Bonds Switch Signals End of Cult of Equity

It is a once in a generation moment. For the first time in more than 50 years UK pension funds are holding more bonds than equities.

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Some fund managers have called it the death of the "cult of equity" and say it is part of the most significant market allocation trend since the 1950s. The shift to bonds has huge implications for the performance of pension funds and those that manage money for them.

The trend is not limited to the UK. In the US, Europe and Asia, some of the biggest pension funds and asset allocators have been switching into fixed income.

For example, Allianz, the world's second biggest manager of money with about 1.7 trillion euros under management, has only 6 percent of its insurance portfolio in equities while 91 percent are in bonds. A decade ago, 20 percent was in equities.

A pension trustee at a big UK fund says: "We have been switching into fixed income for the past 10 years because of a number of reasons. Since 2002, there have been two stock market crashes, which have shaken equities and makes it difficult for funds like ourselves to deal with the volatility.

"We need stable, fixed returns to match our liabilities and pay our pensioners. There is also growing pressure from regulators to allocate more investments into safer assets such as government bonds."

This switch into bonds because of equity volatility and regulations is known as de-risking and explains the latest data this month from the UK Pensions Regulator, showing defined benefit schemes that guarantee a fixed annual income in retirement are holding more bonds than equities for the first time.

The UK's more than 6,000 defined benefit schemes on average hold 43 percent of their assets in bonds and 38 percent in equities. This reverses a trend set in motion in 1956 by the distinguished fund manager George Ross Goobey, whose landmark speech to pension fund managers encouraged the switch into stocks and out of bonds. Allocation to equities by UK pension funds peaked in 1993 at 81 percent, according to data from UBS Global Asset Management's Pension Fund Indicators report.

Yet, despite the new numbers, some of the world's biggest managers of pension funds reject the claim that equities are on the wane and argue that the trend towards bonds may have run its course and be turning the other way.

Michael Dobson, chief executive of Schroders, whose equities business has halved as a proportion of total assets under management since 1999, says: "I do not believe for one moment that we are seeing the death of equities. Equities are still attractive for many reasons, whether it is yield, risk returns or the fact that some are trading on a cheap basis."

Mr Dobson, who has more than 200 billion pounds under management at Schroders, a large slice of which is pension fund money, adds: "I always think that when people start talking about the death of something, it often means a revival. We could see people starting to switch back into equities."

Indeed, the talk of the death of equity prompted Goldman Sachs to publish an eye-catching report this year, warning against switching into bonds.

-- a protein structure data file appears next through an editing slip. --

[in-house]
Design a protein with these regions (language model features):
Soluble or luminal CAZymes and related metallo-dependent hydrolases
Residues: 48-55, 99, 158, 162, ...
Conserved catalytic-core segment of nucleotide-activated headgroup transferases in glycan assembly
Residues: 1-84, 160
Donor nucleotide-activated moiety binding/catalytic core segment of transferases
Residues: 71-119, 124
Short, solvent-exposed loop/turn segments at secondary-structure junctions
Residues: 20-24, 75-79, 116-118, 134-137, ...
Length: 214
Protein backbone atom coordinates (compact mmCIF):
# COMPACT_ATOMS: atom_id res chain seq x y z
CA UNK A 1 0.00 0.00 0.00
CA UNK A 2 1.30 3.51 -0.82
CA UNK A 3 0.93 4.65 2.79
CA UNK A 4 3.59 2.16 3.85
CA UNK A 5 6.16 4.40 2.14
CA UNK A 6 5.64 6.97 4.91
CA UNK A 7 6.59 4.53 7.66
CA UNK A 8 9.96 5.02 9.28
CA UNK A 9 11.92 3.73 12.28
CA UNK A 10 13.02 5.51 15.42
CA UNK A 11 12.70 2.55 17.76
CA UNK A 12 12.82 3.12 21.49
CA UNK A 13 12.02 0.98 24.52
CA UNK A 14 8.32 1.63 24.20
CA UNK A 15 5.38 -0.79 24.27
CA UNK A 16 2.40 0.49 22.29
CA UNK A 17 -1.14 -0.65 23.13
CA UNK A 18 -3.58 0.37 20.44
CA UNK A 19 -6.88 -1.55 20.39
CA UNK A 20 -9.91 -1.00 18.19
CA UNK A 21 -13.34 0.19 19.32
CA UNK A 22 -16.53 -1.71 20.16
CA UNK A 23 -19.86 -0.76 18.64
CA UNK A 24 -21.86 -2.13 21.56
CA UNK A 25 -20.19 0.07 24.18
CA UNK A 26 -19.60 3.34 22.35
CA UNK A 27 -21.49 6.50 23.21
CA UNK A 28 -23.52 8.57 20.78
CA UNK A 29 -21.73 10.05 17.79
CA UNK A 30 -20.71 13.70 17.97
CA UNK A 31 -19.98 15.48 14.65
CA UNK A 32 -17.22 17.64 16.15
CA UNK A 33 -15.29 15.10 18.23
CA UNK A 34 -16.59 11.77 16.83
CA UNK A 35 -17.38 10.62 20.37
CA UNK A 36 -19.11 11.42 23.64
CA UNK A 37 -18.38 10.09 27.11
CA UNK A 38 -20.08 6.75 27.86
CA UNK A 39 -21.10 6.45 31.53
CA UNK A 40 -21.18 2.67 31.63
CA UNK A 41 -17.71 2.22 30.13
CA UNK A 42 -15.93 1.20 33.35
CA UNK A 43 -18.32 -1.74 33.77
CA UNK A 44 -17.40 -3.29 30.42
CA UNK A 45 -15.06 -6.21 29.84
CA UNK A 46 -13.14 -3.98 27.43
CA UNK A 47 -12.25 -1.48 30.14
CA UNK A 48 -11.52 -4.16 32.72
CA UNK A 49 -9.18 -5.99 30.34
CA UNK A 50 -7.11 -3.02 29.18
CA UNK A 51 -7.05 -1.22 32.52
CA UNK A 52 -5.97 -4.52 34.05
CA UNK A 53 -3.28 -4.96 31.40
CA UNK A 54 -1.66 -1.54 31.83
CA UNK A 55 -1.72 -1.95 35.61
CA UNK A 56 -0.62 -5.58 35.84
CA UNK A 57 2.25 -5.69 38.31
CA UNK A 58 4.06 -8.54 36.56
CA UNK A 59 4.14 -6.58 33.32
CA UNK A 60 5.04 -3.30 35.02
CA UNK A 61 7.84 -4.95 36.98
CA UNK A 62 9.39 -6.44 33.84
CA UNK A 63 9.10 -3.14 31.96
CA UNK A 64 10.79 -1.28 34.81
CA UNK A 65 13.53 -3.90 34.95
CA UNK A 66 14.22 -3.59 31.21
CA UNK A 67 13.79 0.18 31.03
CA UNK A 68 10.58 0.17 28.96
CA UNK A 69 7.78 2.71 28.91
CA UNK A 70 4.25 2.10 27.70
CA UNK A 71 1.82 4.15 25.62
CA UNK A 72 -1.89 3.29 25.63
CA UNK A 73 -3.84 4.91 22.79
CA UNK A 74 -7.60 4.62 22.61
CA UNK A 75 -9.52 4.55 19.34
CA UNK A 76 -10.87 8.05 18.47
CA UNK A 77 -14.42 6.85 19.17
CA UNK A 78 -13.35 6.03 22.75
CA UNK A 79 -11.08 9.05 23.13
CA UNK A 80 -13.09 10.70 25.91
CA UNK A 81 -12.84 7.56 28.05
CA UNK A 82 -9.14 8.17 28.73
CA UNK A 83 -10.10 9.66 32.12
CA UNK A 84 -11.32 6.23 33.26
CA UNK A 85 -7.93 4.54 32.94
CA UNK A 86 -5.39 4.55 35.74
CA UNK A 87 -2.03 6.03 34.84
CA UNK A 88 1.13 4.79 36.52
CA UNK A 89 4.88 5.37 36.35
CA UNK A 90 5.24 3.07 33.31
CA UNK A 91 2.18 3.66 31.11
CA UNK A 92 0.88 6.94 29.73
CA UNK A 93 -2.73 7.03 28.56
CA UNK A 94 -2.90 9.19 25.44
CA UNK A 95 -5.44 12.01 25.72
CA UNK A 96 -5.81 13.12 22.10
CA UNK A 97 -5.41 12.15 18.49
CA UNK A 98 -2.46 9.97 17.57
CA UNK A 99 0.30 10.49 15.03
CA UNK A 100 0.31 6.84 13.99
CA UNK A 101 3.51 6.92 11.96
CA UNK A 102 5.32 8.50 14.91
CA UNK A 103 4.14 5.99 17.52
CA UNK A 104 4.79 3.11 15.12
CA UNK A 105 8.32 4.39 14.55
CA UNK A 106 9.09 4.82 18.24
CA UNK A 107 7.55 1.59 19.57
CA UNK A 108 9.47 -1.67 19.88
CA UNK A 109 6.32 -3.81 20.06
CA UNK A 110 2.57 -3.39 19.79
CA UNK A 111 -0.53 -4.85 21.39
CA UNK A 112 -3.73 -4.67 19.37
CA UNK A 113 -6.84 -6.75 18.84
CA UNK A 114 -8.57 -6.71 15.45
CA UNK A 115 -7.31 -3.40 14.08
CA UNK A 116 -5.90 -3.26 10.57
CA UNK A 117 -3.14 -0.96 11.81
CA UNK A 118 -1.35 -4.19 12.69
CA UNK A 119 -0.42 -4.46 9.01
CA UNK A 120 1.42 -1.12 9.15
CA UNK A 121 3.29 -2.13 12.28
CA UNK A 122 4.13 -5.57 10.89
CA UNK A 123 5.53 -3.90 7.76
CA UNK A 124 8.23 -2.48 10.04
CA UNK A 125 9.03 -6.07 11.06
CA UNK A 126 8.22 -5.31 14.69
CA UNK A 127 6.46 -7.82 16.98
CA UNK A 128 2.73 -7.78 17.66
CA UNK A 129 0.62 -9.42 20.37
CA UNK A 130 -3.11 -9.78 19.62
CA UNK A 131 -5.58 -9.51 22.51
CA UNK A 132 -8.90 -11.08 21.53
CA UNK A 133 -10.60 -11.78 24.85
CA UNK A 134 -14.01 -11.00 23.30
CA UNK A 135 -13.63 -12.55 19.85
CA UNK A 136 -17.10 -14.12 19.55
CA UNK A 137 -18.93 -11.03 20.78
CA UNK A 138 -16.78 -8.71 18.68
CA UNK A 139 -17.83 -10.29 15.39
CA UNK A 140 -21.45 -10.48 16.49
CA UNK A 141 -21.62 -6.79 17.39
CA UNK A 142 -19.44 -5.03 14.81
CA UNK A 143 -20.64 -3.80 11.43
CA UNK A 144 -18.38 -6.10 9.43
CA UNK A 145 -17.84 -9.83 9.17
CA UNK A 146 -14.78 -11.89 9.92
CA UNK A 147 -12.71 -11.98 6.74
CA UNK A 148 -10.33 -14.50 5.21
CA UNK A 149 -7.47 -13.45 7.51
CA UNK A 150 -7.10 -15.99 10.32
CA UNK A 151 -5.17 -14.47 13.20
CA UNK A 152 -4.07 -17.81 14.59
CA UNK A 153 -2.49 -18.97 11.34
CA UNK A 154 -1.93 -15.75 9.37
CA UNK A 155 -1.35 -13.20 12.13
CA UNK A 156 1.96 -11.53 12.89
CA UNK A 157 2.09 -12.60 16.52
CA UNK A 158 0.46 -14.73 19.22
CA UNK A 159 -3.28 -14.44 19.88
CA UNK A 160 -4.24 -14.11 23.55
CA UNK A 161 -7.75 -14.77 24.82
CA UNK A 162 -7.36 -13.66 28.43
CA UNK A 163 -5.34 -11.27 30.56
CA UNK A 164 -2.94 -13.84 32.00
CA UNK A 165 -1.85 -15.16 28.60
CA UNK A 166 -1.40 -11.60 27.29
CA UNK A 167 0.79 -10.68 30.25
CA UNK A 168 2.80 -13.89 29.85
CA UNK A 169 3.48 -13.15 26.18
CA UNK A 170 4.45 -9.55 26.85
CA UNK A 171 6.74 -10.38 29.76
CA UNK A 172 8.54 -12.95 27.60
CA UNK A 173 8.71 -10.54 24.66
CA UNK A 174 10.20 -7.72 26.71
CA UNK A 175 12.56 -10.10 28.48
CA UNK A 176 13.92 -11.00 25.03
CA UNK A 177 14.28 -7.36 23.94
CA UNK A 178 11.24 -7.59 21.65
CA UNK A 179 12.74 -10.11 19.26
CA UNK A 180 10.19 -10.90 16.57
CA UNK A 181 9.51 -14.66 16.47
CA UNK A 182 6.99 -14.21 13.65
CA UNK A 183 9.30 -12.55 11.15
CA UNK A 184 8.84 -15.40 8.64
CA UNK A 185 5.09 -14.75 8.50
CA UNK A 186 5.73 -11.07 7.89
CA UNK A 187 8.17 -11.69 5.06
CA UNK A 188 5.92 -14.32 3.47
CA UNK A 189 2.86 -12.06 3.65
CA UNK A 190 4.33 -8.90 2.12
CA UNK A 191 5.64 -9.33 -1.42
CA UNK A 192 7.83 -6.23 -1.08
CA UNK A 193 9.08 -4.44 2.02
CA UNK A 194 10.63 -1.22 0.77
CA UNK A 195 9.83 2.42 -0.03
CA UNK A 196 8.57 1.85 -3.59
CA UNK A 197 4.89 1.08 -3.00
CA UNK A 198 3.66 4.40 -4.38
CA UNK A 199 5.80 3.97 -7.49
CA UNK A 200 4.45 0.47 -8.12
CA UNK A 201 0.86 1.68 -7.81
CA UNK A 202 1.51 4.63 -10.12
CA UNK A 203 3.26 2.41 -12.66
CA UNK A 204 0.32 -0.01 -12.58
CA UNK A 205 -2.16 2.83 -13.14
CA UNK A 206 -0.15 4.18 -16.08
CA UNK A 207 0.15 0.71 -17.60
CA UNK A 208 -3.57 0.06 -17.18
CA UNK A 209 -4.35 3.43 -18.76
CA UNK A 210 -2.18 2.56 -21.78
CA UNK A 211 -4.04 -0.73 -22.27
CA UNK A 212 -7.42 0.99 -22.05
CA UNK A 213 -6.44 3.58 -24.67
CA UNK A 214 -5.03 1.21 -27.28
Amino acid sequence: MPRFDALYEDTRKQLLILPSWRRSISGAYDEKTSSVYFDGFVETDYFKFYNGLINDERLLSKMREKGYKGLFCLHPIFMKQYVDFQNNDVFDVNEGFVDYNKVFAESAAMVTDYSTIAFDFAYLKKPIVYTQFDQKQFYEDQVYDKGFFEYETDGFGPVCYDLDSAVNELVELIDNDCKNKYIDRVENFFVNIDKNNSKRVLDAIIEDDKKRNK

"We think it's time to say a long goodbye to bonds and embrace the long good buy for equities as we expect them to embark on an upward trend over the new few years," the bank said, basing its argument on valuations. Compared with bonds, stocks have not looked so cheap for half a century, it said.

Others say the market is not experiencing the death of equity, but an entirely different phenomenon.

John Ralfe, head of Ralfe Consulting, says: "What is described as the death of equities is a symptom of something else.

"The symptom is a change in pension schemes. What we are seeing is not the death of equities but the death of defined benefit pension schemes."

Mr Ralfe, who as chief financial officer at Boots in 2001 switched the company's entire pension portfolio into bonds to reduce risk, singles out the closure of defined benefit schemes as the driver behind flows into fixed income, with a growing proportion of schemes nearing maturity.

This is because managers of mature schemes, or those with an increasing number of members reaching retirement age, need fixed streams of income that are provided by bonds to pay their pensioners.

Alasdair Macdonald, head of investment strategy at consultants Towers Watson, agrees with Mr Ralfe that the closure of defined benefit schemes is forcing pension fund managers into bonds. In the UK, he expects this trend into bonds will last for another 30 years as these schemes continue to mature.

He says pension scheme managers have to play safe and buy bonds as to do otherwise risks company failures and the reneging on commitments to pensioners.

But, even in the UK, the argument may not be as simple as bonds versus equities. Instead, it may be more about getting the right mix of a variety of assets.

Andrew Milligan, head of global strategy at Standard Life Investments, says: "It is no longer a case of do I buy gilts or the FTSE 100.

"That is very old fashioned. You have to look at a whole range of assets from property to emerging markets to exchange traded funds."

Broadly, he says, the pessimists are more likely to skew their portfolios towards bonds as they fear weak growth and possibly recession, while optimists might ratchet up their equity weightings in the hope of recovery.

But, in his opinion, most fund managers will hedge against both scenarios. In an uncertain world, he says, the watchword is diversification.